I have a pet peeve, and it’s how people today talk about leadership as if it was some magical substance that occurs spontaneously only at the top of an organization and nowhere else. For example, if there is an issue at the frontline, there is a tendency for employees to blame “leadership”. Similarly, there is a tendency for middle management to tell employees that they have to do something because that’s what “leadership” wants - when really they should be taking ownership of their own decisions.
When people speak of leadership in this way, what they are really talking about is executive management. When this kind of behaviour becomes commonplace, it sets up a very unhealthy dynamic, because organizations shouldn’t be about we versus they; it should just be about we. An organization should be centred around how we, as well-intentioned individuals, work together in the best way possible for the success of the organization, because we are all in it together. Whether we are talking about a frontline worker, janitor, administrative support person, sales person, or the VP of Operations, every employee has an important role to play.
What Is Leadership?
Leadership as a concept is something that can and should occur at any level in an organization. So, for example, let’s say that you’re a frontline worker working in a mining operation and you see a new hire who doesn’t know how to use a shovel properly. You know that if this person keeps using that tool incorrectly, they’re going to hurt themselves and have blisters and so on, not to mention they’re not going to be very effective in their work. So you show them how to use that tool properly. It’s a nice thing to do, but it’s also an act of leadership. You’re not being paid to help them. Some people would choose not to say or do anything. Some would display those leadership skills.
And in particular, all managers must be leaders. It’s just part of the job to encourage, to motivate, to coach, to support, to elevate; yes, to lead. Non-managers, also, throughout the organization, can and should have the opportunity to take a leadership role as circumstances warrant.
As a manager, you want to encourage leadership at all levels. A team working together can accomplish more than all of the individuals on it working individually. You can encourage leadership skills in your team by displaying leadership skills of your own.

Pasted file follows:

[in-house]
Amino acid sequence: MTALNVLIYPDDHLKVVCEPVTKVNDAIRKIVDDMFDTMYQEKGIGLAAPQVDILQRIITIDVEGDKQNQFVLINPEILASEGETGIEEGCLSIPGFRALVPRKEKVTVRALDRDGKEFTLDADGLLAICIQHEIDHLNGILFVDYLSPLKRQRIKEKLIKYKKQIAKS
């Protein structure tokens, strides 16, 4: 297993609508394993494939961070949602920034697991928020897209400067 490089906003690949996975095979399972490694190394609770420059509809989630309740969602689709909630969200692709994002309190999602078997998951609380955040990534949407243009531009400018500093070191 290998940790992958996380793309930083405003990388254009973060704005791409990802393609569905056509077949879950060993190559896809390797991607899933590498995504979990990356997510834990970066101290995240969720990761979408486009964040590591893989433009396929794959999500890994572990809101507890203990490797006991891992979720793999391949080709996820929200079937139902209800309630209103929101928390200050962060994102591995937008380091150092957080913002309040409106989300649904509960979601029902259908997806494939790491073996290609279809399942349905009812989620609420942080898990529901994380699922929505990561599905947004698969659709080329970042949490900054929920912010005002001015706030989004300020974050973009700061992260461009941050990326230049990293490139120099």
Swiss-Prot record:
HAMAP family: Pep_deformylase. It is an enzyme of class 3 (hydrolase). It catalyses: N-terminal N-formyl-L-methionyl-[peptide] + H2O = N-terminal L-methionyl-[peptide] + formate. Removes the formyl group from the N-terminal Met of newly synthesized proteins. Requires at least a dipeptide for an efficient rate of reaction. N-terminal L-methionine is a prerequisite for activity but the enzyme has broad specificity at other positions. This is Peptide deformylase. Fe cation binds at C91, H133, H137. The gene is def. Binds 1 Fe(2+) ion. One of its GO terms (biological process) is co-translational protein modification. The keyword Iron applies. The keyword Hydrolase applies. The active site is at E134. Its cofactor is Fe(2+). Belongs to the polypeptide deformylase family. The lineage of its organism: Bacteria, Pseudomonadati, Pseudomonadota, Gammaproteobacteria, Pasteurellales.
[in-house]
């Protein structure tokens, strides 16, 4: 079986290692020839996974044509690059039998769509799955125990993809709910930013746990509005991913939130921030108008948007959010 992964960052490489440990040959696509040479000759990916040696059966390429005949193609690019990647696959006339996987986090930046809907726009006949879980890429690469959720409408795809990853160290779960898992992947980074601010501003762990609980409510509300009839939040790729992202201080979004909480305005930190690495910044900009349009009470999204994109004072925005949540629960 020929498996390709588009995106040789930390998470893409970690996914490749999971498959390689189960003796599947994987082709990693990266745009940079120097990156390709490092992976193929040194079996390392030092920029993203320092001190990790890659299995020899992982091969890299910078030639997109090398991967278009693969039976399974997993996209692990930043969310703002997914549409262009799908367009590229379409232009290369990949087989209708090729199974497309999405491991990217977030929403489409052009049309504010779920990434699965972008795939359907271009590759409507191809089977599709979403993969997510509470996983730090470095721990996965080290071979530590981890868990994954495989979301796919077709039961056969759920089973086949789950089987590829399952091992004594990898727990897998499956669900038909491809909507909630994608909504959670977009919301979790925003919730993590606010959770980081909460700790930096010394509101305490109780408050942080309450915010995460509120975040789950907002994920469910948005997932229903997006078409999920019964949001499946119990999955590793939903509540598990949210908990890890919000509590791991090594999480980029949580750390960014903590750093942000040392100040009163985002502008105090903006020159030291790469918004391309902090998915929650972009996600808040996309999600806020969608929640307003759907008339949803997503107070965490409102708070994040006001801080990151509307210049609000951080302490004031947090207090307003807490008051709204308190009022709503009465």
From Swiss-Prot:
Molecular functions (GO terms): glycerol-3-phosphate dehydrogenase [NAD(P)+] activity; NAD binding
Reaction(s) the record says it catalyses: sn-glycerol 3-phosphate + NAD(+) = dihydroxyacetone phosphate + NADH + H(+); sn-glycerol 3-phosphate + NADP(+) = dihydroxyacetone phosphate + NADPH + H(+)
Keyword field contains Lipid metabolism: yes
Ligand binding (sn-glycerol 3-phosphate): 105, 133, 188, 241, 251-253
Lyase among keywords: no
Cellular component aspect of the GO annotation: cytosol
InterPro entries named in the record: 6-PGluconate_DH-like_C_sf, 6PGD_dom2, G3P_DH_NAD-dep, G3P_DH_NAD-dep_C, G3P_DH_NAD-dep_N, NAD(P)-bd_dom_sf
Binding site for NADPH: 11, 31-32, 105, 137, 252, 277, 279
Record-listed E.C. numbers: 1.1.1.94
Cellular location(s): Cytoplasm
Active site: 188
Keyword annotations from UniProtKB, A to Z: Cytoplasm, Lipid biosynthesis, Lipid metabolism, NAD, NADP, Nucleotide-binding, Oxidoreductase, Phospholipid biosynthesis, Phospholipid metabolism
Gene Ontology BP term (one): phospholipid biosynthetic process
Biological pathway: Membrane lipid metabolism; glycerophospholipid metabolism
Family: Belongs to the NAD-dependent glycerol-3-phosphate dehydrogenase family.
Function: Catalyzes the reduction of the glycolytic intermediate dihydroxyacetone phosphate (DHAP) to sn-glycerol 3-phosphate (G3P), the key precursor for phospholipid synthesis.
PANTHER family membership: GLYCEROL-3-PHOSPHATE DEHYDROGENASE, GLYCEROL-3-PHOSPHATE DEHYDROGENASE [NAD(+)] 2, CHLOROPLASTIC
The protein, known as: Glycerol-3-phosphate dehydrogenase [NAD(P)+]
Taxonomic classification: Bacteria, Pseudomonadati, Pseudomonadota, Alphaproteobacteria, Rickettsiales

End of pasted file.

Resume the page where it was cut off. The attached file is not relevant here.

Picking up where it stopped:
Leaders at All Levels
If an organization only has leadership at the very top, it will never be successful. Certainly senior executives need to be able to demonstrate leadership—and a higher level of leadership, because leadership at a more senior level is more complex—but that does not mean that there are no leadership skills required lower in the organization. Managers at lower levels need to be leaders too in order to manage effectively. For organizations to be successful, an understanding of the importance of leaders at all levels and in all positions is critical.
For this reason, in our wok in organization we sue the term managerial leadership. Managers need to lead. And leaders need to manage. It’s that simple!
To find more about why management and leadership are actually just two sides to the same coin, check out this 17 minute video clip: Are You a leader or a Manager? This is an excerpt for a workshop I did for the EMBA Alumni at the Telfer School of Business at the University of Ottawa, In it I use clips from pop culture such as the Survivor TV show and Family Feud to explore society’s generally negative perception of management – and why it doesn’t have to be that way!
Dwight Mihalicz, President, Effective Managers™, focuses his work on accountability, and helping organizations to use his Effective Point of Accountability® framework to improve strategy execution and overall organizational performance. He has over 40 years of organization experience. Over this period he has been required to focus on and solve complex problems in local, national, international and global settings. Throughout his career, he has developed extensive expertise in supporting improvement processes with organizations of all sizes and in all sectors.